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What is Risk Tolerance? Research Team | Posted On Tuesday, March 24,2009, 07:28 PM

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What is Risk Tolerance?



Risk Tolerance

The matter of risk is always surrounded by two general questions and these questions are interchangeable. The first important question is how much risk can you handle psychologically? And the second question is how much risk should you take on?

The answer to Question 1 is not always alike to the answer to Question 2, even though some financial advisors act like it is alike. Question 1 is about risk tolerance that is how comfortable we are watching our investment portfolios take a punch. But, just because a financial advisor wants to take a risk, that doesn't mean he or she should take the risk.

In such case Question 2 comes in. Regrettably, risk tolerance alone is often used as the key factor when determining the asset allocation for a portfolio. A blend of three factors should be considered when creating a long-term investment strategy; they are risk tolerance, the financial capacity for risk and the optimal risk.

What is risk tolerance in risk management?

Risk tolerance is a measure of your willingness to admit higher risk or instability in exchange for higher potential returns. Those with high tolerance are aggressive investors and are willing to accept losing their capital in hunt for higher returns. Those with a low tolerance, also called risk averse, these are more conservative investors who are more concerned with capital preservation. Neither one is "most excellent" option to choose.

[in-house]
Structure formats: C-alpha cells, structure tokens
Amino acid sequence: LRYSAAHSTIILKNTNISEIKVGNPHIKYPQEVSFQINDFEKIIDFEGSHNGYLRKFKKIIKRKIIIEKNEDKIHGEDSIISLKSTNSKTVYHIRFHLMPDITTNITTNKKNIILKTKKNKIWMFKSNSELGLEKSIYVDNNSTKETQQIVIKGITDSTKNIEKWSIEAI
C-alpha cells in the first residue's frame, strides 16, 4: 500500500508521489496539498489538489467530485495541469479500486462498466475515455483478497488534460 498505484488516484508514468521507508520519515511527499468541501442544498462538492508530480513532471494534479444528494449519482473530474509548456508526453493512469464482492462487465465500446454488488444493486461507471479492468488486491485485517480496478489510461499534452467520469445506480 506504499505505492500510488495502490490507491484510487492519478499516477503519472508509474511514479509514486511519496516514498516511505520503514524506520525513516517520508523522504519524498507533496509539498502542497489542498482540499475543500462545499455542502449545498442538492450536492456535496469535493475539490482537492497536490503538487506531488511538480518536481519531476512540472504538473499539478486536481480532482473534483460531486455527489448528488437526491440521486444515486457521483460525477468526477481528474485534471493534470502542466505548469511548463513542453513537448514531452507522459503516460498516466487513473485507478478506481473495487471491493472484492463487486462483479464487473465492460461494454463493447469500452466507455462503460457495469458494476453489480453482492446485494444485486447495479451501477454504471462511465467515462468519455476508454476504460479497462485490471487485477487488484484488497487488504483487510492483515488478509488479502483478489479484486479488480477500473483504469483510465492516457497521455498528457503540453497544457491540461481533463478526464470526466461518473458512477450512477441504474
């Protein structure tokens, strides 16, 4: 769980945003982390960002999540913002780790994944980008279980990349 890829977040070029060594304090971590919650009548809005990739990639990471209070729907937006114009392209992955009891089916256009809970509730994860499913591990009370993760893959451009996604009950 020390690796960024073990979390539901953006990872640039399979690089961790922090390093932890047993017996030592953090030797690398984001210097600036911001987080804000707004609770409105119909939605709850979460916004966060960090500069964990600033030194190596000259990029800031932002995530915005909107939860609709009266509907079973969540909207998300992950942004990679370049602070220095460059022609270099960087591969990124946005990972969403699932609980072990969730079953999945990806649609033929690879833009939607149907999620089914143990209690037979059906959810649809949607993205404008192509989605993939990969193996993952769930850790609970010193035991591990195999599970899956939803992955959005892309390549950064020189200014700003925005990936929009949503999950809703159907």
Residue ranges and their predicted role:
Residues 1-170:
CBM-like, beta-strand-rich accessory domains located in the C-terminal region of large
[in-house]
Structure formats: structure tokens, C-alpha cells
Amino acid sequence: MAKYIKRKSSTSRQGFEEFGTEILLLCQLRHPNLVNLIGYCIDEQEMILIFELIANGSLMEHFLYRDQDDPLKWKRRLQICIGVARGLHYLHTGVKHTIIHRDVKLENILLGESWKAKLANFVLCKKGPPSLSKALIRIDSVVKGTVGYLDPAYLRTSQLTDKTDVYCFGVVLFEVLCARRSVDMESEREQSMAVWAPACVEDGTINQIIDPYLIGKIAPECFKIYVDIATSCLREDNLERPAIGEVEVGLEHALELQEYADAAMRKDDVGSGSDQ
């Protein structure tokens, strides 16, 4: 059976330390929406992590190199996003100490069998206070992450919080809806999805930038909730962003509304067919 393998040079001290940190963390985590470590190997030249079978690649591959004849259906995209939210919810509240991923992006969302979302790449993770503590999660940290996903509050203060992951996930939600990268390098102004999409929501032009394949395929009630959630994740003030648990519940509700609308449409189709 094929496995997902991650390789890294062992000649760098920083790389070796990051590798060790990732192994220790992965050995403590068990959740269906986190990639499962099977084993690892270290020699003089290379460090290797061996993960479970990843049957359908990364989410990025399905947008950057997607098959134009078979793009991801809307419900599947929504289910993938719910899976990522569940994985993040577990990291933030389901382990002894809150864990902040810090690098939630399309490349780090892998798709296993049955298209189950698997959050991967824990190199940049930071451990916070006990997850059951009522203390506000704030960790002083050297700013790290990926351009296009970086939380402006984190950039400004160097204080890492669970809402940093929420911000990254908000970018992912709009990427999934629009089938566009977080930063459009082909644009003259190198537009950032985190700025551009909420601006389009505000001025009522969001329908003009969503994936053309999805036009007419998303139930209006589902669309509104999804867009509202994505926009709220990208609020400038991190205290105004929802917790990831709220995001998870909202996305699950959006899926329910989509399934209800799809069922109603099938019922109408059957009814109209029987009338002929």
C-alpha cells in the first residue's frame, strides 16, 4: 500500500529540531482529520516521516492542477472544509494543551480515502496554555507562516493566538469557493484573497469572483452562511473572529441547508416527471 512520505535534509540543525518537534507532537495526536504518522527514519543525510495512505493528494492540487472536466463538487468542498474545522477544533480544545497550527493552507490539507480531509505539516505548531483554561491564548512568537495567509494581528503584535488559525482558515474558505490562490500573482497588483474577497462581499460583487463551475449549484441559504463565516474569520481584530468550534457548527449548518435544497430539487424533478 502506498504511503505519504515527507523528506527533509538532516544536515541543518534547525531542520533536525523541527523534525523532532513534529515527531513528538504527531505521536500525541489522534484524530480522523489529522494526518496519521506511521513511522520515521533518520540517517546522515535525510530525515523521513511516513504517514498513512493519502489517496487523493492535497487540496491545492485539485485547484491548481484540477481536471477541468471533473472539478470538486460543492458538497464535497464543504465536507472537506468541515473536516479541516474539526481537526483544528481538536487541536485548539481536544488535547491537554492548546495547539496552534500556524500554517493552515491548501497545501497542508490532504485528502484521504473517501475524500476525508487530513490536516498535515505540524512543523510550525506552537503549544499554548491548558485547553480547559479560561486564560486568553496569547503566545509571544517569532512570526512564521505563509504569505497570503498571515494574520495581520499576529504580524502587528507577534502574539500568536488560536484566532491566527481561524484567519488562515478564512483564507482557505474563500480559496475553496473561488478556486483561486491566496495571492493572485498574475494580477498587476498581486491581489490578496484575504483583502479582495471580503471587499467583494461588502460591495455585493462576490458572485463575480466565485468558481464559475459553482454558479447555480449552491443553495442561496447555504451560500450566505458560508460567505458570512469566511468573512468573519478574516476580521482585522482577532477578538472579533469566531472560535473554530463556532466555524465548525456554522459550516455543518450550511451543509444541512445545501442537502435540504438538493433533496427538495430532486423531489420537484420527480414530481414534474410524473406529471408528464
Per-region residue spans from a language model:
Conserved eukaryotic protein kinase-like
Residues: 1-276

A risk tolerant investor will practice higher potential reward investments even when there is a greater potential for a loss. A risk tolerant individual may not sell his stocks in a temporary market correction, while a risk averse person might fear and sell at the wrong time. On the other end, a risk tolerant person could be seeking out high-risk investments, even if they add tiny to his or her portfolio.

Your risk tolerance is a measure of how much risk you can handle, but that need not be the same as the appropriate amount of risk you should take. That makes us to think about the second risk assessment that should be done.

Capacity to Accept Risk